The first floor will contain the Center for Career & Life Planning, the Office of External & Competitive Scholarships Advisement, the Pre-Health Professions Advising Program, and Student Media, which will include WPRK and The Sandspur.

The second floor will constitute the Center for Leadership & Community Engagement, the Social Entrepreneurship & Business Program, the Social Entrepreneurship & Innovation Hub, the Office of International Programs, the Office of International Student & Scholar Services, and the Rollins College Sustainability Program.

The third floor will be home to the Galloway Room, two seminar rooms, and two classrooms.

There will also be a film-screening room, a podcast/recording room, and the Fox Den—a student lounge that comes with a kitchenette where students can cook meals and hang out.

The building will be decorated in the Mediterranean style, a large part of Rollins’ charm, but with a modern twist. Artwork and decoration will tell the stories of both current students and alums and may include a world map displaying where students are doing independent studies or otherwise making an impact on the world.

While construction is going on, the current faculty, staff, and student organizations that occupy Mills will be temporarily relocated to various places. Construction is due to start this July and be completed before students arrive back on campus for the Fall semester of 2019.

Students should expect sidewalk and lawn closures, crews and large equipment, and demolitions throughout the year.

There will be meetings to impart information to students, and campus-wide updates will be sent over e-mail when needed.

The Mills renovation is only one of approximately 12 building projects that will be going on across campus, including the addition of a new residential hall.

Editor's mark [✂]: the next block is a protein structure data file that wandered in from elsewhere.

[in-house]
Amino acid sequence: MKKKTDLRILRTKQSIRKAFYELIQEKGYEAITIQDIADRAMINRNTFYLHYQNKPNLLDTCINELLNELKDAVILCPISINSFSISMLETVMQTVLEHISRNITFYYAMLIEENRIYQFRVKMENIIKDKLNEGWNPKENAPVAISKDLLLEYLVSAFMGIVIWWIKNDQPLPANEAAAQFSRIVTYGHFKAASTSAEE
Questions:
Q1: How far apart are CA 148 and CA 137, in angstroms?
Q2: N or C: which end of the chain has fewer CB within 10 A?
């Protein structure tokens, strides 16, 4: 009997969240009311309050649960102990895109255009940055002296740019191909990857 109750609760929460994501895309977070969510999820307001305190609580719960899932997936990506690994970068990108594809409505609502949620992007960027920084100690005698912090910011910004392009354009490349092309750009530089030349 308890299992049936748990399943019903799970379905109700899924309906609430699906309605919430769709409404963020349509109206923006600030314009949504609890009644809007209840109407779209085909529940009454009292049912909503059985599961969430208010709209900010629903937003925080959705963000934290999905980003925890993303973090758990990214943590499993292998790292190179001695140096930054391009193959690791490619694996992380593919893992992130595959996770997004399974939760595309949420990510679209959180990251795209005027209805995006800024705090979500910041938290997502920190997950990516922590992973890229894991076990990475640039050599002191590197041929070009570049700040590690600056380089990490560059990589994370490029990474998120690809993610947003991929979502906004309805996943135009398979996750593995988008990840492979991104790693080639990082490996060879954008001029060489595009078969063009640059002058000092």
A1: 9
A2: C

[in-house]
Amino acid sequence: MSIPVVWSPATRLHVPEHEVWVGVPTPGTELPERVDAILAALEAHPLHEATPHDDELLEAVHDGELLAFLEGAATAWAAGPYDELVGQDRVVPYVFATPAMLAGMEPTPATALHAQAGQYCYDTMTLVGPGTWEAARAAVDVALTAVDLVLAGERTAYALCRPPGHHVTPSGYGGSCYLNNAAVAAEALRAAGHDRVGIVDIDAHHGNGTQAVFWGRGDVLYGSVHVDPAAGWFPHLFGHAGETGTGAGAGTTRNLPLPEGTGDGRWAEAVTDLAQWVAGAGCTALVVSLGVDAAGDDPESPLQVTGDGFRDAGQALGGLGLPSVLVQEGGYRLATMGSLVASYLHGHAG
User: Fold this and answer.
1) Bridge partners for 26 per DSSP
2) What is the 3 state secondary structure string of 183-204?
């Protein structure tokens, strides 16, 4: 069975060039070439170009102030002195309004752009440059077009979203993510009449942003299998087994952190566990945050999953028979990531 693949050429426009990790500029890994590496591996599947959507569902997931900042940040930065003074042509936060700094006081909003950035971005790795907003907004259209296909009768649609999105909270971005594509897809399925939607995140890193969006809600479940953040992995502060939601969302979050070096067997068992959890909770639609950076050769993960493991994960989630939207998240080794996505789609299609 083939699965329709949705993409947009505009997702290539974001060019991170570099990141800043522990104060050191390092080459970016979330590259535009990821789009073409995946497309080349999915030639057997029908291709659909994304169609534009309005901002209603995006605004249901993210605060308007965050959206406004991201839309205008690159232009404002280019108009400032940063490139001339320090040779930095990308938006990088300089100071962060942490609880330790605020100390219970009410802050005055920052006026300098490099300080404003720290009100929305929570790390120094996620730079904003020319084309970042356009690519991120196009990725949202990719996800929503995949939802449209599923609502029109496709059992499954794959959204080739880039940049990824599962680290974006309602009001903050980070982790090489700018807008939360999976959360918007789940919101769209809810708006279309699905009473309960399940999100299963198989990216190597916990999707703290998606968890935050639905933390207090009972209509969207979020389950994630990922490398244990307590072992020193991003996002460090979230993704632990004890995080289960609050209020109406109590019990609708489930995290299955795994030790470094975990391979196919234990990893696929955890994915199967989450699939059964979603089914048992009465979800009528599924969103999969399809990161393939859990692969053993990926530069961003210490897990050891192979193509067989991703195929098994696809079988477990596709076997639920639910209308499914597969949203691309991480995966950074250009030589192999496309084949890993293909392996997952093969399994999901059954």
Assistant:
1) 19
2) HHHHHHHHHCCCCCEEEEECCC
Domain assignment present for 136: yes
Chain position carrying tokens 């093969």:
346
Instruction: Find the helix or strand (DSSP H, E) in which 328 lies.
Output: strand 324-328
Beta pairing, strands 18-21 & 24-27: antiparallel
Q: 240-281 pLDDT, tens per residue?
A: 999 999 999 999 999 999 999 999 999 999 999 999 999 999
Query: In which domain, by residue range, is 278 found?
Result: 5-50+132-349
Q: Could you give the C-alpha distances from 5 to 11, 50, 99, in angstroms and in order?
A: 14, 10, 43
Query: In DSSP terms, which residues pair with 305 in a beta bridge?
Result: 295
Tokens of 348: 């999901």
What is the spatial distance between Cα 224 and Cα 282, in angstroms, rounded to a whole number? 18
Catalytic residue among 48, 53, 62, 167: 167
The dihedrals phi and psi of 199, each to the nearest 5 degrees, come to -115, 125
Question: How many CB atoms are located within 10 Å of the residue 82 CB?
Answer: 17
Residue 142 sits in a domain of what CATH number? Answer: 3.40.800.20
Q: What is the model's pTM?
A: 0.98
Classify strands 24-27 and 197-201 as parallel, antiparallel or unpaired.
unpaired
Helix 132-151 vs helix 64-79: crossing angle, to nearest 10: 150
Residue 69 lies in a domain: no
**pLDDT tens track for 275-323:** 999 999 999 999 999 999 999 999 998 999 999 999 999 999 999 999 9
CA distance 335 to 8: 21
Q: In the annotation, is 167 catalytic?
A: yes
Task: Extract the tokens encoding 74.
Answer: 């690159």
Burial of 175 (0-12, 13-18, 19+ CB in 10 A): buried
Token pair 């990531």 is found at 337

“We are about to embark on more capital projects than ever seen in the history of Rollins,” said Meyer. “The only other time Rollins has seen such a volume of construction and improvement was when Hamilton Holt himself was present on campus over 70 years ago…. Holt’s ideals of making quality education accessible for everyone is continuing to be pursued by these construction projects.”

First floor: Career & life planning, Student Media (Sandspur and WPRK), and competitive scholarships.

The offices placed on the first floor will be designed specifically for student engagement and collaborative workspace.

Second floor: Leadership & community engagement, social innovation & entrepreneur hub, international programs and scholarly services, and sustainability office.

(Top) A small kitchen space, tentatively named the “Fox Den,” will be for Rollins students, staff, and outside vendors to use. (Middle) The office spaces for employees will all be the same size with see-through windows, similar to Bush. The layout of the floor is designed to bring integrated offices together.

Third floor: Galloway room, two classrooms, and two seminar rooms.

Two seminar rooms, with a conceptual design shown to the left, will be placed alongside two classrooms and the Galloway room (bottom) , which is anticipated to be
larger and more inclusive than current Galloway room in Mills today. The wood paneling throughout the building is projected to come from locally-sourced cedar.